What are the odds that all the massive iron meteorites found have no impact craters?
Geologist and astronomers suggest all kinds of reason such as falling on ice sheets, being slowed down by the Earths atmosphere(?), skipping along the surface ... but is there another explanation to the this mystery?
The iron meteorites impacts leave the largest lumps of natural iron found on Earth. If they came as asteroids and then became meteorites how much larger must they have been as these are the remains?
Iron Meteorite impacts on Earth but no craters
Here are a few of the largest or most well known iron meteorites that have left no impact craters.
Hoba meteorite (Namibia) - largest iron meteorite on Earth weighing an estimated 60 tonnes - found at the surface with no impact crater. Suggested that air resistance slowed it down to around only 300 meters per second and that is why there was no impact crater. The Hoba meteorite it very strangely shaped in that it is flat on all sides, like an oblong box shape.
Cape York meteorites (Greenland) - group of iron meteorites ranging from the larger pieces such as Ahnighito (over 30 tons) to the Dog (under 400 kg) and others. No impact craters for any of the 8 meteorite Earth impacts but they have the Widmanstätten pattern, which is thought to show very high temperatures (Earth entry) and then a long cooling process. All these meteorites were found on the surface.
Tomanowos meteorite (USA) - over 14 tons but no impact crater. The theory is that its strange shape was partly due to a high speed entry (Widmanstätten pattern evidence) and then Earths weathering. Had to be carried by a glacier to its present position in the Willamette Valley - as it has no impact crater - from Canada. Found on the surface.
Mundrabilla meteorites (Australia) - the main Mundrabilla meteorite is over 12 tons and there are many other smaller and very small iron meteorites spread over the Nullarbor that are linked to the Mundrabilla meteorites. No impact craters for any of them and some of them are very strangely shaped. All these meteorites have been found on the surface.
Altai meteorite (China) - also known as the Altay meteorite is another iron meteorite and was found high up in the Altay Mountains, stuck under a large rock, with no impact crater. It weighs over an estimated 20 tons. The Altai meteorite was found near another Chinese meteorite called the Xinjiang iron meteorite, also known as the Armanty iron meteorite.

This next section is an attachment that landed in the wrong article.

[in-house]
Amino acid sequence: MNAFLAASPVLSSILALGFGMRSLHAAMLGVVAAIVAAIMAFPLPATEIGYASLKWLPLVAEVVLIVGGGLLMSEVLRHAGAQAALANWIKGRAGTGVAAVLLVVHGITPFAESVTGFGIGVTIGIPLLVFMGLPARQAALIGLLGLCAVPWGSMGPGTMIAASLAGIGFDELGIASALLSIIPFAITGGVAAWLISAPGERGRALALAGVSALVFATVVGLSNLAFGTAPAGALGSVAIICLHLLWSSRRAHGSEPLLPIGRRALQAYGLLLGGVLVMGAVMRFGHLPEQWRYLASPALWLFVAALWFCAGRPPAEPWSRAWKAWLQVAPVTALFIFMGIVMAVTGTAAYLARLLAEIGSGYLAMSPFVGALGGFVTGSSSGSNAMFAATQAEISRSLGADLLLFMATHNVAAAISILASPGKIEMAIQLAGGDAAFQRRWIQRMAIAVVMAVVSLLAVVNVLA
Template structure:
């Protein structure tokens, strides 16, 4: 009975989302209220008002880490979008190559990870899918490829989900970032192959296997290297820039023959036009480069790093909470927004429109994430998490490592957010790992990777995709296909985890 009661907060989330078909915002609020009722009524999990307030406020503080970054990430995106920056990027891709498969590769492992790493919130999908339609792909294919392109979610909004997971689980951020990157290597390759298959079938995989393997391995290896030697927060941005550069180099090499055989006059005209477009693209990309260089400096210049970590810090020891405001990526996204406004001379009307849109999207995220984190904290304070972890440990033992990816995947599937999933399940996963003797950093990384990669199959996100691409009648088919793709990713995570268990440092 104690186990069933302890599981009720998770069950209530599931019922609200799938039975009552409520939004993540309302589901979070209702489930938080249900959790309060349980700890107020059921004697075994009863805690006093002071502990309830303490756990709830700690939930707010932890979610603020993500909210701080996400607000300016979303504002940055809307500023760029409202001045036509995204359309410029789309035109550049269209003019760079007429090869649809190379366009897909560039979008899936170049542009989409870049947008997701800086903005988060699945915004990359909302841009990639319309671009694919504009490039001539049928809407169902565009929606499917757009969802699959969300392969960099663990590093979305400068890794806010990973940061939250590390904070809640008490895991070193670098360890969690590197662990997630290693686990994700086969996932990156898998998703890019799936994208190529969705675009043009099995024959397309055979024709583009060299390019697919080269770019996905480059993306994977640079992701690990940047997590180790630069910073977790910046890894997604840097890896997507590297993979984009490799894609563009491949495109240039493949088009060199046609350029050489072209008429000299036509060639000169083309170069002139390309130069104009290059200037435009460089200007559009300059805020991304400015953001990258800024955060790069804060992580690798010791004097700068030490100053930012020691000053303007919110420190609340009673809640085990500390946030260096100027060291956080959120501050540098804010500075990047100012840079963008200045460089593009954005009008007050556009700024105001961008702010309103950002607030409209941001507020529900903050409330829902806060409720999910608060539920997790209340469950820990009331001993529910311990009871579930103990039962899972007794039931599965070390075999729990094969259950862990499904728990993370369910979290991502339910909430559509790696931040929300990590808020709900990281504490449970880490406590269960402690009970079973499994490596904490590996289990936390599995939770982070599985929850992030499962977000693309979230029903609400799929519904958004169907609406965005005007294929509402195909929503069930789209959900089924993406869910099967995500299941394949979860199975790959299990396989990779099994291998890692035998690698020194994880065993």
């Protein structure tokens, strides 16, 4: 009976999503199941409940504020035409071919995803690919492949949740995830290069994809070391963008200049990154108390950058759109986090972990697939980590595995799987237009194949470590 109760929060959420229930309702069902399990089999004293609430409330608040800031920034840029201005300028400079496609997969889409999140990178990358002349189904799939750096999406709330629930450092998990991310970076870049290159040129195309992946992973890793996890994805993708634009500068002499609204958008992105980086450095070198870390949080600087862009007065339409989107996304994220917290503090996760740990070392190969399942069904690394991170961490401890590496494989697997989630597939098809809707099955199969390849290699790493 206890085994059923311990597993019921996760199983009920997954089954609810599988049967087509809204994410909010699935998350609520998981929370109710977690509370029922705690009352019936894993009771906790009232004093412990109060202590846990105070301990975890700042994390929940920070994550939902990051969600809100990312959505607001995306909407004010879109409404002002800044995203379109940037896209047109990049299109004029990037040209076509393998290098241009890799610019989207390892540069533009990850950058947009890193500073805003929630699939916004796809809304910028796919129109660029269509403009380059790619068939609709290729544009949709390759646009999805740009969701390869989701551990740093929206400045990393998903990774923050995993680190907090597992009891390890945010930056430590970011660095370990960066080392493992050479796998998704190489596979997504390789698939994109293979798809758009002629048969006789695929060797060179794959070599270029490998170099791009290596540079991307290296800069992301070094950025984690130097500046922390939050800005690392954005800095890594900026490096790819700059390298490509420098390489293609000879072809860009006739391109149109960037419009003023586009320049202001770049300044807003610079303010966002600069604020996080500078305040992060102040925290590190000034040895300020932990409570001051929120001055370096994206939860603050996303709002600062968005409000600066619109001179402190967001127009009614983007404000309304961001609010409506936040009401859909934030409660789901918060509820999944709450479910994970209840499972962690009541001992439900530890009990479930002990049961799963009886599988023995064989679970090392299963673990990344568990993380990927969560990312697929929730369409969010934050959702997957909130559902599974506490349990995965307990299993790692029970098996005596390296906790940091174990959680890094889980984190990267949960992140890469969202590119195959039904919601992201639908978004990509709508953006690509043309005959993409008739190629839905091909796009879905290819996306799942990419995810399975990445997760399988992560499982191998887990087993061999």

Explanation for why they have no impact craters?
The odds that these very heavy iron lumps have all been found on the surface with no impact crater is a massive mystery if you go with the theory that they came from space. But where else could they have come from?
The image shows Kamil Crater (Egypt), a suggested iron meteorite impact crater. No iron pieces found in the crater? Why have none of the larger iron meteorites left a crater if this estimated 10 tonne iron meteorite did? Or was Kamil Crater not an impact crater?
Perhaps these iron meteorites did not come from anywhere but were formed where they were found. This would explain why they have no impact craters and why they were found on or just below the surface.
How could this happen? Electric current when it meets resistance causing electromagnetic forces. Geologists say that rock/minerals are transformed under high pressure force and temperature - usually miles underground. If you have a very large electrical current flowing through an area and it meets a resistance spot then it could create a large electromagnetic force and heat/pressure - transforming the minerals in the area into an iron lump with other minerals in it.
If it is an Electric Universe and electromagnetic effects are scalable then this is similar to how and why precious stones like diamonds,opals and even including fossil eggs are formed - they are usually around an inclusion.
Is there any evidence to back up this idea?
Mbozi Meteorite (Tanzania) - it has a Widmanstatten pattern, was found on the surface and there is no impact crater for this over 15 ton iron meteorite. Strangely the Mbozi meteorite looks like a larger Mundrabilla meteorite.
But the stunning thing is the composition and especially the inside of the Mbozi meteorite.
The bulk composition does not match any known meteorite type, although there is a similarity in mode of occurrence to quartz-normative silicate inclusions in some HE irons. Mbosi silicate appears to be unique ...
It is concluded that Mbosi silicate represents a silica-bearing source rock that was melted and injected into metal. Melting occurred early in the history of the parent body because the metal now shows a normal Widmanstätten structure with only minor distortion that was caused when the parent body broke up and released meteorites into interplanetary space.
Mbosi: An anomalous iron with unique silicate inclusions